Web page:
Kia Motors Co. has been trapped in a growth dilemma as its popular K sedan series has suffered a setback in sales due to weak brand power and a lack of new models. What is of greater concern is that the sales drop has been affected by the robust sales of the counterpart models from Hyundai.
[ads id=”0″ style=”float:left;padding:5px;”]According to the company, domestic sales of K sedan series dropped in January by about 14 percent compared to the same month last year, a significant setback in trade. The sluggish sales of the K3, K5, K7 and K9 ― in order of engine sizes ― also led Kia to become the only local automaker to see a drop in its monthly sales.
In fact, the K series is a strategically important lineup, whose sales accounted for over 50 percent of the automaker’s total sales last year. The automaker sold 36,250 vehicles last year, with 19,338 of them in the K series.
By models, Kia sold 3,681 K3s, 4,000 K5s, 1,955 K7s and 300 K9s, down 8.1 percent, 2.6 percent, 27.5 percent and 40 percent, respectively, from a year earlier. Compared to the sales in December, the K3, K5 and K7 also saw a 23.2 percent, 31.7 percent and 18.2 percent drop. Only the K9 saw a 35.1 percent increase.
Market insiders attributed the disappointing sales of the K series to the fact that the automaker has failed to introduce their new generation models in recent years since their launch. But they also pointed out that Kia has weaker brand power than its major competitor and sister automaker Hyundai Motor, and that their product lineups overlap.
“Hyundai and Kia have enjoyed a dominant position in the local market and also competed with each other,” Park Young-ho, a senior analyst at KDB Daewoo Securities, said. “So it will always be challenging for Kia to increase its market share, as Hyundai has relatively strong brand power.”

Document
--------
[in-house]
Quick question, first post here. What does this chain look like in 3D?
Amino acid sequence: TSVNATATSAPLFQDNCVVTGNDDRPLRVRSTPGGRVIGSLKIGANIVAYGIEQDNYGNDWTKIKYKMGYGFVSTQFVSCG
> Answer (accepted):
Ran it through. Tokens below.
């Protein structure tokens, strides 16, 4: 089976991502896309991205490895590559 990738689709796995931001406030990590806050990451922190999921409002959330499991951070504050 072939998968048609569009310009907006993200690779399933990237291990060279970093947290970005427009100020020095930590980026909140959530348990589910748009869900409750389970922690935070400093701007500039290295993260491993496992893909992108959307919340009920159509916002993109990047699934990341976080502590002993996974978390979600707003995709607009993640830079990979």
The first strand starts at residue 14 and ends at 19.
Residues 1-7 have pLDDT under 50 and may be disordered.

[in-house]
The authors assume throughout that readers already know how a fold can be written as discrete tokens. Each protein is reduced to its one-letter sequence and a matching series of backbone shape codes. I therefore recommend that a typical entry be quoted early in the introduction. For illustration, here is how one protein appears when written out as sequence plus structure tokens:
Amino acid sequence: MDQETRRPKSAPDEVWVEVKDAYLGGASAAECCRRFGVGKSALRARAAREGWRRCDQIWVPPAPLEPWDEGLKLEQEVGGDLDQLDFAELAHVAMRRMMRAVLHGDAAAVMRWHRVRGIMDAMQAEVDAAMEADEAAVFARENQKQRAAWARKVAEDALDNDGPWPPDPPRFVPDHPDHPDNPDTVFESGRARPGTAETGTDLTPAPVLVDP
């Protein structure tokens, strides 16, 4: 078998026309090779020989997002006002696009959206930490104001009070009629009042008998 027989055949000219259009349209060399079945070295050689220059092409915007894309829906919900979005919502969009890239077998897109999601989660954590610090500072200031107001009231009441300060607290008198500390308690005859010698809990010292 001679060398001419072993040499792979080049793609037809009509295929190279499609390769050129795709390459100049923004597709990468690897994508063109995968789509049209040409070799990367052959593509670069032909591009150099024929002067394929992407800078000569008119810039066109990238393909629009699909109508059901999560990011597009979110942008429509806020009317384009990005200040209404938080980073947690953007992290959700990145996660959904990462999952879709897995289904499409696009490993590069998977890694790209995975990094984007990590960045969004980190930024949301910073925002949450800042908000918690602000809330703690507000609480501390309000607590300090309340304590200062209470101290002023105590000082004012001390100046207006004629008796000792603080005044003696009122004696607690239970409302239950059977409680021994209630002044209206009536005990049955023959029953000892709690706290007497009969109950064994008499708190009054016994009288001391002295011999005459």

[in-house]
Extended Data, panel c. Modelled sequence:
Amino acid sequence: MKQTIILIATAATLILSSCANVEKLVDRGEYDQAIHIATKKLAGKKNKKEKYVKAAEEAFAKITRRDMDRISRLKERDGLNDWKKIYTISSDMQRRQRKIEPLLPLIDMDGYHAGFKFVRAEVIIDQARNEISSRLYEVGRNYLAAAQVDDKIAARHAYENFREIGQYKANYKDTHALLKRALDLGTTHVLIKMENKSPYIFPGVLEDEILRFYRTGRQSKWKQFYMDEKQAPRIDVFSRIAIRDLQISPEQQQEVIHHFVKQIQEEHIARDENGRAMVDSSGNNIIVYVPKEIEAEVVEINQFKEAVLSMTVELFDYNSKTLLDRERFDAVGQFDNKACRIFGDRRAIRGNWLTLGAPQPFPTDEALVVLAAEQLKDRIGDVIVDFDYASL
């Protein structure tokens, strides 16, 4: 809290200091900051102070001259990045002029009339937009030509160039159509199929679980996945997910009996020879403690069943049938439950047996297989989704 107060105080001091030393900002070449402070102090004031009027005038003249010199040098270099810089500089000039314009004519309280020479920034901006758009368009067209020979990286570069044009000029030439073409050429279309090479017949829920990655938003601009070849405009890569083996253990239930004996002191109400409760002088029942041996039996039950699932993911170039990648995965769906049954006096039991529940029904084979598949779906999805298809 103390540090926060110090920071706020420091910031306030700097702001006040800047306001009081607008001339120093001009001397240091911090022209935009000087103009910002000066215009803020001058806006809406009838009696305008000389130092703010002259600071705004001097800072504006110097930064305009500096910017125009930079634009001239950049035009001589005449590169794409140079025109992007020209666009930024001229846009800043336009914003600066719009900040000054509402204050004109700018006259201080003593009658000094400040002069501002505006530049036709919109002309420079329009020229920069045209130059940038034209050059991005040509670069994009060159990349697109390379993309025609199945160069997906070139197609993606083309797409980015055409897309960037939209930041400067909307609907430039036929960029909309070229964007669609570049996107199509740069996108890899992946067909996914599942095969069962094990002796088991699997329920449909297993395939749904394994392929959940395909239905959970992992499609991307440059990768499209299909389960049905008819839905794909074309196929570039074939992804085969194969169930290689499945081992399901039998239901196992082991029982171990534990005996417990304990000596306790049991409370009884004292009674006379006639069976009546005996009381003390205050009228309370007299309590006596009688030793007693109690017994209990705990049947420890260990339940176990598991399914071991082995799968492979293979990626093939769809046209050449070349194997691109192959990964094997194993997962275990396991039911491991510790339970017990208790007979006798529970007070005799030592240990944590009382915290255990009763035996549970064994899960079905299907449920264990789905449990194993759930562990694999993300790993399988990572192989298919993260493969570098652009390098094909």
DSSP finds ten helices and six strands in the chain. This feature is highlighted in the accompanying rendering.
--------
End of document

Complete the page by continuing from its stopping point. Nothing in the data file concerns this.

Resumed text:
[ads id=”0″ style=”float:left;padding:5px;”]Hyundai has popular sedan lineups including the Avante, Sonata, Grandeur and Genesis, whose target customers are almost exactly the same as those of the K series. In fact, the four models share engines and basic body frames with the K series.
To cope with this situation, Kia has started to offer installment-sales programs at extremely low interest rates. But sales of the K5 are expected to be hit hard because Hyundai will soon launch the all-new Sonata in March. In fact, sales of the K series have always been affected by Hyundai’s new models.
For instance, sales of the K9 have already dropped drastically since the launch of the new Genesis, which became a mega hit, selling 3,782, up 223.6 percent from a year earlier. The K7 hybrid K700h sold only 385, but the Grandeur Hybrid sold 1,156 in January, although they were launched around the same time last year.
The overlapping lineup between the two largest automakers has been a limit on growth for Kia since it was acquired by Hyundai in 1998. But Kia has made efforts to develop its own design identity since 2005, led by Peter Schreyer, who joined the firm in 2006 as chief design officer.
Under his leadership, Kia has developed the K series, which was completed in 2012 with the launch of the K3 compact after the automaker unveiled the first K series model _ the K7 sedan in November 2009.
When the K5 was launched in 2010, its sales surpassed Hyundai’s Sonata, showing the potential of the K series. But the ambitious project to complete the K series has failed to fully remove the “interference effect” from Hyundai’s vehicles.
Experts suggested that Kia should seek a new growth engine by differentiating itself from Hyundai. “If Kia fails to offer different values from Hyundai, it will keep losing competitiveness at home and abroad,” said Kim Pil-soo, an automotive studies professor at Daelim College.
Hyundai Motor Group should change its stance “to put Hyundai first” to create a synergy effect in the Hyundai and Kia alliance. “Newly-developed technologies and engines are always applied to vehicles from Hyundai and later to Kia vehicles, for example. This is always a handicap to Kia, which has weaker brand power than Hyundai,” he said.